Nvidia Stock Soars On Blowout Guidance

moonypto Updated   
Soaring demand for the chips needed to train the latest wave of generative artificial intelligence systems such as ChatGPT led Nvidia to issue a revenue forecast far ahead of Wall Street expectations, prompting a surge in its stock price in after market trading.

The US chipmaker on Wednesday said it expected sales to reach 11bn dollar in the three months to the end of July, more than 50 per cent ahead of the 7.2bn dollar analysts had been expecting and confirming its position as the biggest short-term beneficiary of the AI race that has broken out in the technology industry.

The forecast fuelled a 27 per cent leap in Nvidia’s shares, which had already more than doubled since the start of the year, and lifted its stock market value to a record 960 bn dollar.

Jensen Huang, chief executive, said the company was “significantly increasing our supply to meet surging demand” for its entire family of data centre chips, including the H100, a product launched this year that was designed to handle the demands of so-called large language models such as OpenAI’s GPT4.

The race in the tech industry to develop larger AI models has led some customers to worry privately about a shortage of H100 chips, which only went on sale earlier this year. However, Nvidia’s $4.28bn in sales to data centre customers in its latest quarter topped even the most optimistic analysts’ forecasts, and the company said there had been strong sales of both the H100 and its A100 chips, based on its previous chip architecture.

Nvidia’s forecast noted a potential doubling of sales to data centre customers in three months, even though data centre sales were running at an annualised rate of $17bn in the opening quarter of this year. Growth is coming from customers across the board, Kress said, with consumer internet companies, cloud computing providers and enterprise customers all rushing to apply the generative AI to their businesses.

The bullish forecast came as Nvidia reported revenue and earnings in its latest quarter, to the end of April, had also topped forecasts, thanks to a jump in sales to data centre customers as demand for AI took off. Revenue reached $7.19bn, up 19 per cent from the preceding three months but down 13 per cent from the year before, as sales of chips for gaming systems dropped.

Earnings per share rose 22 per cent from a year before to 82 cents, or $1.09 on the pro forma basis Wall Street judges the company. The consensus view on Wall Street had been for revenue of $6.52bn and pro forma earnings of 92 cents a share.

now let's delve into the numbers. Nvidia's different business units did not all perform equally well during the quarter - which can be expected, of course. Nvidia's data center business grossed revenues of $4.3 billion during the first quarter, which represents a new record high. Data center demand is not very cyclical, and companies kept investing in new equipment despite a potential recession being on the horizon. This can be explained by the fact that data centers are mission critical for many companies, so they don't really have a lot of choice when it comes to allocating capital to this space. Strong data center sales also have been seen in the results of other chip companies such as Advanced Micro Devices (AMD). Both Nvidia and AMD also were able to benefit from the weak performance of their competitor Intel (INTC), as Intel has been losing market share in the data center space in recent quarters due to self-inflicted problems and an unconvincing product line-up.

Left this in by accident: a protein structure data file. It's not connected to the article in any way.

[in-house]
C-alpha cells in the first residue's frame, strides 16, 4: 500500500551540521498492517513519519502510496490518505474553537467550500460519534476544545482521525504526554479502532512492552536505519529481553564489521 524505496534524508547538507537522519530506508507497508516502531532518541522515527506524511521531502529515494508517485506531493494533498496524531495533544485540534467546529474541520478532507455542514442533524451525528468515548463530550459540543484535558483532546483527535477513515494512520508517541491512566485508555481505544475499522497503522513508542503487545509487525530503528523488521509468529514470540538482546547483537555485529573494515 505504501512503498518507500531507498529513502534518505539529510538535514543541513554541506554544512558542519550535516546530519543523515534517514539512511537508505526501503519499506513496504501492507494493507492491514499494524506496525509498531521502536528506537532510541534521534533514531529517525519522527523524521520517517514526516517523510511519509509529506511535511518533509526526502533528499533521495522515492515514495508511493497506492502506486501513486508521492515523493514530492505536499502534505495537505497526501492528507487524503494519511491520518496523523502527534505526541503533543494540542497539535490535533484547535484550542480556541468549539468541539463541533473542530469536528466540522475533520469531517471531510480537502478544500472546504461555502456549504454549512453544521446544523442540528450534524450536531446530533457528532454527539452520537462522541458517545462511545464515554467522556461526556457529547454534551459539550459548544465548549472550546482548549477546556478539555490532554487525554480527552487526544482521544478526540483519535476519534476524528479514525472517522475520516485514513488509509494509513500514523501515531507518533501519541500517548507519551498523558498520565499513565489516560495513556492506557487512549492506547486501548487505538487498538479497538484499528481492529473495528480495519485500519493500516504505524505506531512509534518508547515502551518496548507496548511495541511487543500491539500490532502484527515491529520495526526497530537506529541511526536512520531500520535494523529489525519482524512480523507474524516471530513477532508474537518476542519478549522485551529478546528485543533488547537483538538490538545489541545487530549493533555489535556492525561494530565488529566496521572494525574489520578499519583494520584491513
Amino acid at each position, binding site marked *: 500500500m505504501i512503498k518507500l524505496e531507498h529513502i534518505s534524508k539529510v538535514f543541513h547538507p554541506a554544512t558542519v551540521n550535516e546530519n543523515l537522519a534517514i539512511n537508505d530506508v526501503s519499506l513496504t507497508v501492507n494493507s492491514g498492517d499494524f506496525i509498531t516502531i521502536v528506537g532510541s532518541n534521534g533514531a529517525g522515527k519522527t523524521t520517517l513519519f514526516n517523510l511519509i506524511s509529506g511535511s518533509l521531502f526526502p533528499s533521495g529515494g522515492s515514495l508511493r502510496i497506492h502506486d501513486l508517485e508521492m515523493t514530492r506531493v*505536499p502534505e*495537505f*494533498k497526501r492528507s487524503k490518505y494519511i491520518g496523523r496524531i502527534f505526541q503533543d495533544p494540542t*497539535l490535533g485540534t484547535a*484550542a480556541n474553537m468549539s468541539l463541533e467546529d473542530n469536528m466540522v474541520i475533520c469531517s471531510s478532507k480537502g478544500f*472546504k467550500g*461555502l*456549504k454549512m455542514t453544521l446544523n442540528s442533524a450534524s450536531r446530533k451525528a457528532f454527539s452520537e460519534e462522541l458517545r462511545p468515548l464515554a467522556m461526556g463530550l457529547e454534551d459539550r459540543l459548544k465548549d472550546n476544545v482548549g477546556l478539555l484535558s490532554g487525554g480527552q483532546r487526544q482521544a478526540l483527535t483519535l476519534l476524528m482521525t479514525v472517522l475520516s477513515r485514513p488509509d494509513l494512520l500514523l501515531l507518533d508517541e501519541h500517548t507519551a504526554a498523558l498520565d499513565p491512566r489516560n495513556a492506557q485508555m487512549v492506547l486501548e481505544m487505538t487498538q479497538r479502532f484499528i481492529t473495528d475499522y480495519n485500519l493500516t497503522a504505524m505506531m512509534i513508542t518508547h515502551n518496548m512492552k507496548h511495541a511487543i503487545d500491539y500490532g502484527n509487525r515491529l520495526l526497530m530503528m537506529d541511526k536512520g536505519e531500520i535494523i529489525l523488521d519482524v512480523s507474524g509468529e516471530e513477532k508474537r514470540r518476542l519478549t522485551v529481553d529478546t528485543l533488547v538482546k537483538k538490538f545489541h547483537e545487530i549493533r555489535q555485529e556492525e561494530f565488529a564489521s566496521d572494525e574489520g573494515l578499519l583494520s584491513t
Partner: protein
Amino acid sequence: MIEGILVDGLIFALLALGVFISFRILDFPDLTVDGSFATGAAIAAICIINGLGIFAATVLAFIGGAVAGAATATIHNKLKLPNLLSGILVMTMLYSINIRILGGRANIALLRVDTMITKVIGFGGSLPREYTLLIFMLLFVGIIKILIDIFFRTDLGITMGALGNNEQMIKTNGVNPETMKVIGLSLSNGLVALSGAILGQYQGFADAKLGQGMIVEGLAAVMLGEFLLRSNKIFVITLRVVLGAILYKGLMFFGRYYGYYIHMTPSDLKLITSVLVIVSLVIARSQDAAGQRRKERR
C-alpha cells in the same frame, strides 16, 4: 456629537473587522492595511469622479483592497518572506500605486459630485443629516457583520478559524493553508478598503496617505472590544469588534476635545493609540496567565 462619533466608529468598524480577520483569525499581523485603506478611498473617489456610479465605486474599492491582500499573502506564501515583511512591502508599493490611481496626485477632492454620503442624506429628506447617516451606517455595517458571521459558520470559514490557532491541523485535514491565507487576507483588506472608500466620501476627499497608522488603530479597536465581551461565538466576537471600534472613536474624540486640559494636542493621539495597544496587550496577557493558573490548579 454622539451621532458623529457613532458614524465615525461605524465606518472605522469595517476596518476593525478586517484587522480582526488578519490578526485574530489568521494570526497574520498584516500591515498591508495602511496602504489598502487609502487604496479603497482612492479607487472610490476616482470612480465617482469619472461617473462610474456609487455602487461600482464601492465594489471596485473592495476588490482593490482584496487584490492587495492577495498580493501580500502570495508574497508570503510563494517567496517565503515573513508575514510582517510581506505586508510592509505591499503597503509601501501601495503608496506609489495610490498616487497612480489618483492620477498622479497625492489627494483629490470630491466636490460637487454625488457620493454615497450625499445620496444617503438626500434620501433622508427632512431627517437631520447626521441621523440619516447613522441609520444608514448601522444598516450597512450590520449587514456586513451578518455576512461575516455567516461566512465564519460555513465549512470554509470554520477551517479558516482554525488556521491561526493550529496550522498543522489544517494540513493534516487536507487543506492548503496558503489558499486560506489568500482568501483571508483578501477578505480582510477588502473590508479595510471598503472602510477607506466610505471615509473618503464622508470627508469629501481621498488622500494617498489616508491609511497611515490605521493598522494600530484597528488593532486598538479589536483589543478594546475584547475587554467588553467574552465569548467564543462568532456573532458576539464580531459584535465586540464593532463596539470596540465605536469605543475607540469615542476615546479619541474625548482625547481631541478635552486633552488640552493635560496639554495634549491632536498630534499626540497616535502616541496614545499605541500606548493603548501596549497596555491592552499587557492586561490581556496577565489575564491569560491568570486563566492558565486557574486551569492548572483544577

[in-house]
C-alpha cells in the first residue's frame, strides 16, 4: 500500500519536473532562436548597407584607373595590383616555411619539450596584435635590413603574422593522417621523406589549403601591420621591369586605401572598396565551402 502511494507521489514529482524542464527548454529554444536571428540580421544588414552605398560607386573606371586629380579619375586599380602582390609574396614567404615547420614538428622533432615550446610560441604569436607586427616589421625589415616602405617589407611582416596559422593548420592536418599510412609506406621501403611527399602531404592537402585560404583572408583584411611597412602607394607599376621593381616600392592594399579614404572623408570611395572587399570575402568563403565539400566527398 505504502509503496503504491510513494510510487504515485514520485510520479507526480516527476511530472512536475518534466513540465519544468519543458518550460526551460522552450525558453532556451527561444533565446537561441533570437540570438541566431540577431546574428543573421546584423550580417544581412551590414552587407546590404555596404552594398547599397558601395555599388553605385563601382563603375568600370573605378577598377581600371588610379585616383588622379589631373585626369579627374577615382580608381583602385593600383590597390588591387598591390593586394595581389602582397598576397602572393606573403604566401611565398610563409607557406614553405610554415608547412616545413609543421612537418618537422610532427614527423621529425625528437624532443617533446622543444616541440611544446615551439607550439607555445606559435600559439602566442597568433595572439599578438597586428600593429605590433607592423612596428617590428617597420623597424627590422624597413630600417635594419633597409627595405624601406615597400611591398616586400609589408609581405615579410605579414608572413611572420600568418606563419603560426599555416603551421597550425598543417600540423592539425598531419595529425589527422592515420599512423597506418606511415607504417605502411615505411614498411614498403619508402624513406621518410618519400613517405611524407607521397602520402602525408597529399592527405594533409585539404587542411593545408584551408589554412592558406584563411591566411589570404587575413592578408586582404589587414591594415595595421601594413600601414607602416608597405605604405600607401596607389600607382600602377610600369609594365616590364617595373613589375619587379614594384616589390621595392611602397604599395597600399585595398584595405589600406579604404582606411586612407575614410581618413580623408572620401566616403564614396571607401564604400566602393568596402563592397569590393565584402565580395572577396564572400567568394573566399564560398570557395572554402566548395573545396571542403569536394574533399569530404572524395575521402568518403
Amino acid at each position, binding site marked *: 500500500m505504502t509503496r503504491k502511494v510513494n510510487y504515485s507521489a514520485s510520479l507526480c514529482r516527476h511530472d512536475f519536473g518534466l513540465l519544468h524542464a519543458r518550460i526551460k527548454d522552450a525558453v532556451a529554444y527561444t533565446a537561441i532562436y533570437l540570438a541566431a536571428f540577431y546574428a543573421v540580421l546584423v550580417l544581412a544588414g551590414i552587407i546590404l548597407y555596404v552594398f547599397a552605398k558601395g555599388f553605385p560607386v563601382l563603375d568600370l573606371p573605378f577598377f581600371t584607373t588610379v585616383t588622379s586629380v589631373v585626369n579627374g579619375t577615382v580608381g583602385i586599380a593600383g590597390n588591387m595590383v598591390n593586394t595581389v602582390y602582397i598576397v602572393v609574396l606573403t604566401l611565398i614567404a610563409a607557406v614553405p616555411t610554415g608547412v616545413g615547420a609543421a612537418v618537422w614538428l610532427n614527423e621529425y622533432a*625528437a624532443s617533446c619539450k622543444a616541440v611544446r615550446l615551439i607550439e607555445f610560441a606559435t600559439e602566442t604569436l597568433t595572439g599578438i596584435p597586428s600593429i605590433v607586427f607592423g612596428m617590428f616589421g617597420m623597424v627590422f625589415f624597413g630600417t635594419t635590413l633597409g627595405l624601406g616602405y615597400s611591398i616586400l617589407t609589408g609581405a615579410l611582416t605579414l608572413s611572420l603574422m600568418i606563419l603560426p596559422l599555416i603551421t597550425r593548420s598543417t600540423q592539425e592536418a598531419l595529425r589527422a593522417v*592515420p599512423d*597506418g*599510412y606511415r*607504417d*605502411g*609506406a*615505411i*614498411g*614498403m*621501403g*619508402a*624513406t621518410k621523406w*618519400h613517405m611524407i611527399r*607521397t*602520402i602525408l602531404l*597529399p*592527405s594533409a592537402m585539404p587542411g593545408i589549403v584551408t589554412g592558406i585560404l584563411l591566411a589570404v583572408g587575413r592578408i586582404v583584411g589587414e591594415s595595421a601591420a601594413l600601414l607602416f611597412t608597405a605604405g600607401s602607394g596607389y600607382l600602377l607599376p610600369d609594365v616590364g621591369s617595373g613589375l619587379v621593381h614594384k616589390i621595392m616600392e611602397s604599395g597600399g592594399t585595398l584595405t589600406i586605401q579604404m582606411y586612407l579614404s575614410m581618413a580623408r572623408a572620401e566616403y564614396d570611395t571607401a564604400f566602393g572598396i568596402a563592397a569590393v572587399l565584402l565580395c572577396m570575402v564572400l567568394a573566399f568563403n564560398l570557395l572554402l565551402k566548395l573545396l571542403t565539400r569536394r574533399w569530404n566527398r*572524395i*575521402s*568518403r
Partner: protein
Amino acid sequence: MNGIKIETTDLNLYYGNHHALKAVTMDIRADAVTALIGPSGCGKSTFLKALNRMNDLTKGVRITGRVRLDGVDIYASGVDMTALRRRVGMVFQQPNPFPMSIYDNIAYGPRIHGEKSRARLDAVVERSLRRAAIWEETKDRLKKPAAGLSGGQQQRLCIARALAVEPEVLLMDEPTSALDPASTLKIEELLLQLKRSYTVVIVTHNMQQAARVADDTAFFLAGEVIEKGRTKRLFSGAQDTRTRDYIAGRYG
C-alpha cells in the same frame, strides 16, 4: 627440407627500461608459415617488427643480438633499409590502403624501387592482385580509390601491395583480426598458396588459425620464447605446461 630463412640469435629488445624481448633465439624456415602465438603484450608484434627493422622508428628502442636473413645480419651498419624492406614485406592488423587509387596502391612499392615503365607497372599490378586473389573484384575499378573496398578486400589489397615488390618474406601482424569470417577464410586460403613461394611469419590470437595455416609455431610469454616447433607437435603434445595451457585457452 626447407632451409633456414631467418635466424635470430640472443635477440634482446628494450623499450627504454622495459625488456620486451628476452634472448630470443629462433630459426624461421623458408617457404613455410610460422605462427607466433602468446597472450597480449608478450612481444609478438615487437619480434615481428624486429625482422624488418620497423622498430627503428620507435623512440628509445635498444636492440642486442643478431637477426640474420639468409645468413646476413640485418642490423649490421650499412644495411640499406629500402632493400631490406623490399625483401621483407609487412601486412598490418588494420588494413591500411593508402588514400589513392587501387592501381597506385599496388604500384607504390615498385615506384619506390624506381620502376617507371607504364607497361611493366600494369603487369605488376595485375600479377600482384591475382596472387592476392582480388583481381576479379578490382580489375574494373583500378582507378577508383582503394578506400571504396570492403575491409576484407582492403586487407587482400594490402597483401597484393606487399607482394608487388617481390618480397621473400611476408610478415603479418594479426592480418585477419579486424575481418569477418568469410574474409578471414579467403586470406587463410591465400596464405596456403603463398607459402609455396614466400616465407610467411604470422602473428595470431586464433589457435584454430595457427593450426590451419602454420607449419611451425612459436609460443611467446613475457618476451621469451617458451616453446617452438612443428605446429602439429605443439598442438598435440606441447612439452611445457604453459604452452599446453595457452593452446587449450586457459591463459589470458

Nvidia is a major graphic chip or GPU player and is thus heavily impacted by the performance of related end markets. This includes both cryptocurrency mining and gaming. While some cryptocurrencies can't be mined with GPUs economically, such as Bitcoin, others, such as Ethereum, can be mined with GPUs. Ethereum moved from a proof-of-work model to a proof-of-stake model in the fall of 2022, but some miners still use GPUs for Ethereum mining. Not surprisingly, Nvidia's sales to this end market depend on the price for cryptocurrencies - when cryptocurrencies are expensive, miners are more eager to acquire additional GPUs and they may also be willing to pay high prices for them. During times when cryptocurrencies are less expensive, mining is less profitable, and GPU demand from cryptocurrency miners wanes. This has had an impact on Nvidia's sales in the past and likely played a role in Nvidia's Q1 sales as well.

GPU sales have been under pressure in recent quarters due to lower demand by gamers as well. Many that like to play video games upgraded their hardware during the lockdown phase of the pandemic when staying at home meant that consumers had more time for video games. With many gamers having relatively new equipment, demand has declined in the recent past. At the same time, inflation pressures consumers' ability to spend on discretionary goods. On top of that, some consumers prefer to spend their money on experiences over things now as there are no lockdowns or travel restrictions in place any longer. All in all, this has resulted in a difficult macro environment for Nvidia's gaming business.

Combined, the headwinds for the gaming market and the cryptocurrency market explain why Nvidia's sales and profits kept declining during the most recent quarter, relative to the results the company was able to generate one year earlier. The strong performance in the data center space was not enough to offset the headwinds Nvidia experienced in other areas.

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Nvidia reported that its $22.1 billion revenue—logged in the fourth quarter ending January 28, 2024 was 22% higher than the previous quarter and 265% higher than the year before.


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